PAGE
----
...Continued from page 1

There was some odd stuff in the store besides the stuff I don't know what it is. For example, I saw some big slabs of good–looking peanut brittle. There was some music CDs too but these were beyond me. Ah, the vodka – there's a lot of it, and like on the Pushkin, it comes in different flavors and many colors besides none. Dennis won't be able to leave here without getting a variety pack.

There was champagne too, the stuff Germans call Krimsekt. It can be as dry as you like as I well know from drinking it in the first class bar on the Pushkin, but little of it would be as dry as the Café Metropole Blanc de Blanc. That I can still remember the six–packs of Krimsekt and kilos of caviar probably had something to do with the sea air.

Well, it's good to know that we can walk to our nearest Russian grocery store instead of going across town to those caviar boutiques at Ternes. I'll have to get Dennis to visit this place with a bundle of euros and help him carry it back.

In fact he said there's a new jazz place on the boulevard, up by the Closerie des Lilas. I said 'bye' to thephoto, krimsekt, ethnic doll ethnic doll and wandered over there and sure enough, the place is called Swan. It opens at 21:30 and is run by some New York type who dreamed of having a jazz joint in Montparnasse. The neighborhood of dreams is filling up with dreamers.

The shop is called Gastronomie Russe 14 but don't mind if the Web site seems to be 'under construction.' It the thought that counts. Find it at 130. Boulevard du Montparnasse, Paris 14. Then, if you are in the area you can pop over to the Swan Bar, at 165. Boulevard du Montparnasse, Paris 14, but after 21:30.

For do–it–yourself fans like Dennis, you might want to learn how to distill samogon. Many Web sites I looked at seemed to think that home–made booze equals delerium and blindness, but with some care and using the proper raw materials you can roll your own five–star hooch.

If you need technical aid you might turn to the pros, who say there is no great mystery involved with building a still.

Finally, the French ministry of health wants you to know that, "L'abus de l'alcool est dangereux pour la santé. A consommer avec modération." This is good advice no matter where it comes from.

Meet Einar Moos

The recognition signs were shades, yellow scarf and hat but I didn't see any of this around outside the Café Medard. So I went in and a checkered yellow scarf and a hat was over to the left, sitting on a stool. We pretended to recognize each other, exchanged hands, and I found another stool and perched on it.

If you are meeting someone like Einar Moos, who is wearing a yellow and black checkered scarf andphoto, einar moos a black hat, and does have shades hanging by a string nearly invisible against the scarf, it's hard to know where to start. Einar started in Valparaiso. He said it smelled like fish.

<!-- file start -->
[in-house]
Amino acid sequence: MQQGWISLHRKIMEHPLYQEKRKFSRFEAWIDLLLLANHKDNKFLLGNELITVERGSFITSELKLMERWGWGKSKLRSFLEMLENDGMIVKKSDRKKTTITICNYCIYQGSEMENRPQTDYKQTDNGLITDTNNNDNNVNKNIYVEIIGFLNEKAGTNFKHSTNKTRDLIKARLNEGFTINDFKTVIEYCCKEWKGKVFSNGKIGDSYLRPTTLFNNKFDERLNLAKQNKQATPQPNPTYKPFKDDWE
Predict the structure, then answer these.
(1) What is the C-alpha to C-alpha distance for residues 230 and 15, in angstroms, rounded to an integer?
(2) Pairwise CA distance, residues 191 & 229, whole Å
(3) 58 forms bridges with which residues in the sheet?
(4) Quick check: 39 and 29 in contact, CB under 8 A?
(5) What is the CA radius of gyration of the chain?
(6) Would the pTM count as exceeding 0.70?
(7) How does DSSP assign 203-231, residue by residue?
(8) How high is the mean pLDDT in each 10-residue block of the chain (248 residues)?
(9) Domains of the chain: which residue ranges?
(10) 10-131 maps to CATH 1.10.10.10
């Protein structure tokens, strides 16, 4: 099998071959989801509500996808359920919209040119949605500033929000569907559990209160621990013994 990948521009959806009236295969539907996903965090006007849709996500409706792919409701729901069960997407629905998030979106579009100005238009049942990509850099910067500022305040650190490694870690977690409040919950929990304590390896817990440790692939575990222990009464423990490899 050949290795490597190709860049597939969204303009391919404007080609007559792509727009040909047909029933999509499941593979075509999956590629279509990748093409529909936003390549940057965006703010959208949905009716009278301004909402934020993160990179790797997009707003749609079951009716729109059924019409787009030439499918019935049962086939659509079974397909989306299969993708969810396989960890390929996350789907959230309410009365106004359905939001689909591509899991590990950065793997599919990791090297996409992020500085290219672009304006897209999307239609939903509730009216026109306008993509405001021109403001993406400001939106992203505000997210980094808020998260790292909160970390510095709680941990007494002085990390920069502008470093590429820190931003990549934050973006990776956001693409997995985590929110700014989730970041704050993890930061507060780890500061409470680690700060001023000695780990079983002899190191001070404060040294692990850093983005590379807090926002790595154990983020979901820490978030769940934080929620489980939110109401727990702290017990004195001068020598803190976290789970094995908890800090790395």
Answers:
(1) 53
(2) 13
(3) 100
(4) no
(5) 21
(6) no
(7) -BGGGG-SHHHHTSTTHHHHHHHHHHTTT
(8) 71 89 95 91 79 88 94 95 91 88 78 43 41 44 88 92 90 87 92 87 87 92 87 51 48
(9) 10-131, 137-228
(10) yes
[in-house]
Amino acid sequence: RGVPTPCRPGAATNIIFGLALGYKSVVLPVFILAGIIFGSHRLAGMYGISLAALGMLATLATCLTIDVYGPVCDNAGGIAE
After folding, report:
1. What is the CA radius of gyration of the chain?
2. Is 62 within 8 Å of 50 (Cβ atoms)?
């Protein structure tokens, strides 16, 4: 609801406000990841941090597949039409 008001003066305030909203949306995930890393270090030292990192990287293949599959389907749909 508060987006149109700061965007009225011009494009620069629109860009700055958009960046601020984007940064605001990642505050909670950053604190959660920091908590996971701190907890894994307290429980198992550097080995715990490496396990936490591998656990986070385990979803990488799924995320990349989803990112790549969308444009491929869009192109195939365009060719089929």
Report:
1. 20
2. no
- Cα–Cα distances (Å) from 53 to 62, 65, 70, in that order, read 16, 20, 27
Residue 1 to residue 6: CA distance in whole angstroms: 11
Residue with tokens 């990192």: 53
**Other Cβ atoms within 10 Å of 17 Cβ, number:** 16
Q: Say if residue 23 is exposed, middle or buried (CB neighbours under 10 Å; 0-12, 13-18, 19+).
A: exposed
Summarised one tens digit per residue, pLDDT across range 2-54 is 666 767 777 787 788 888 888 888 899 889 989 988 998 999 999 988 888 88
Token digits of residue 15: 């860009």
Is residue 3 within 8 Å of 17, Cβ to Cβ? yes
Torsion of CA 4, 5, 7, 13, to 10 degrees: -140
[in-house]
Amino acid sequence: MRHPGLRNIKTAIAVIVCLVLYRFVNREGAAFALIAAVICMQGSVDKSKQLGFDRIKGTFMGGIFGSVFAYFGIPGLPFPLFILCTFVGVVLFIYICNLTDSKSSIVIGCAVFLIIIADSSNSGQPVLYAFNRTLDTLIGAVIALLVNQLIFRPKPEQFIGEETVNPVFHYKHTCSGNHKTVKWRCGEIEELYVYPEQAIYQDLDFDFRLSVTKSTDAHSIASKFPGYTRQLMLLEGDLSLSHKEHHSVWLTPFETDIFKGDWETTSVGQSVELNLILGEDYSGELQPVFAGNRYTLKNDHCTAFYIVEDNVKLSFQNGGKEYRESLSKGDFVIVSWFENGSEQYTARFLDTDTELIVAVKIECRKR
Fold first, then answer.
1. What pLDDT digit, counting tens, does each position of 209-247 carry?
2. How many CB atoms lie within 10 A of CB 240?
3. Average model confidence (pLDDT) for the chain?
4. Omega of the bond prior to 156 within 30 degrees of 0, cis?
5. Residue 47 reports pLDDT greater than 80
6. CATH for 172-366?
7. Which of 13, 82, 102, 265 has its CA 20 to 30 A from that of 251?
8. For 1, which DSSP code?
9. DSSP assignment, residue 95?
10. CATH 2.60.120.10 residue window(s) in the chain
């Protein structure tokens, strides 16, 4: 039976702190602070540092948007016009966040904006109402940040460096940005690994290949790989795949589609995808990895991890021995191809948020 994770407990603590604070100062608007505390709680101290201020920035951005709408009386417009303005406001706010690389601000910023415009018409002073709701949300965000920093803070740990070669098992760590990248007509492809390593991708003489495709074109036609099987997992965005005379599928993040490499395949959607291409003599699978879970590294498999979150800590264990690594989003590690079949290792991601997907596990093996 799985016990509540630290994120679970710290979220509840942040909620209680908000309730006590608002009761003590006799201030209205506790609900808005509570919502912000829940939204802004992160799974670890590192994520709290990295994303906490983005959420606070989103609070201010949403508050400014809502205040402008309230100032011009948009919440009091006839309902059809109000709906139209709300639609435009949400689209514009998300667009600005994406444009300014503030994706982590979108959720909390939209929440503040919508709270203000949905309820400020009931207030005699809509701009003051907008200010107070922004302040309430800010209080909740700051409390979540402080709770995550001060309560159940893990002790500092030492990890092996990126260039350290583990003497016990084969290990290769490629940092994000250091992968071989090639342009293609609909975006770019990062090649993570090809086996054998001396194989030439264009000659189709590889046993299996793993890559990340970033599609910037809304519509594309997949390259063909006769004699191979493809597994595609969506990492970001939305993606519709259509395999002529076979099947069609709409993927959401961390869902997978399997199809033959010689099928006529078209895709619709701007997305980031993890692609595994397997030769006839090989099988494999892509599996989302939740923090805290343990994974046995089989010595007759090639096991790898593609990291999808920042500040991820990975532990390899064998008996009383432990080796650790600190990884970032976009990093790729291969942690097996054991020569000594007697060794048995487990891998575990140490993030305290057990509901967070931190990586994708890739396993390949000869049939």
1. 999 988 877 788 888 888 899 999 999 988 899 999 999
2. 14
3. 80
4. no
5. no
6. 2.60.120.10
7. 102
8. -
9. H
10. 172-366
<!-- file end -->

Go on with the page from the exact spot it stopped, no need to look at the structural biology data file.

We don't know each other so we were having a meeting with no agenda. Einar grew up in rightwing dictator places in South America, had movie ideas filched in Hollywood, grew tired in New York, partied in Berlin and several other likely capitals and found himself in Paris, a town his says has more than enough layers of history to keep you interested.

Such as right here, near the bed of the Bièvre at the bottom of Mouffetard. "Shrimps," Einar says, "You could pick them up with your bare hands. This is where people settled, isolated from the northwest wind, lolling around next to the river with grassy banks with its free fish for happy–go–lucky Parisian peasants."

Then the Romans showed up and organized everything and this is how they are still organized. It's from them that we got all these soviet ideas, the ones those Russians filched and took back to St. Petersburg.

The café's doors are open to the outside air and I'm wondering if there are shrimp in the fountain outside. Besides being an Internet tycoon, Einar runs a swim club at Saint–Germain on Mondays and Fridays called 'Wazzaaapool.' It is a non–profit association.

I can't be sure but I have a feeling that the meeting we're having is about the downside of non–profits or associations, and both of us are on the same side, the down one. Einar tells me he has a Paris Web site called Parisiana and a blog and five or six other sites that he says are commercial.

Just in case I take Einar's photo. Just in case he takes mine, making sure there's a blond in the background. It's not my day off but I feel like it should be and I find it hard to concentrate on the non–profit idea.

Another feeling I have is that Einar might be the Roman Polanski of the Web in Paris. But he says he needs to pick up his son from school so we finish our cafés and off he goes, and I think how great it is to be in Paris on a warm October afternoon and not have to race to be any particular place at any particular time. It's too bad the Bièvre and its shrimp are gone.

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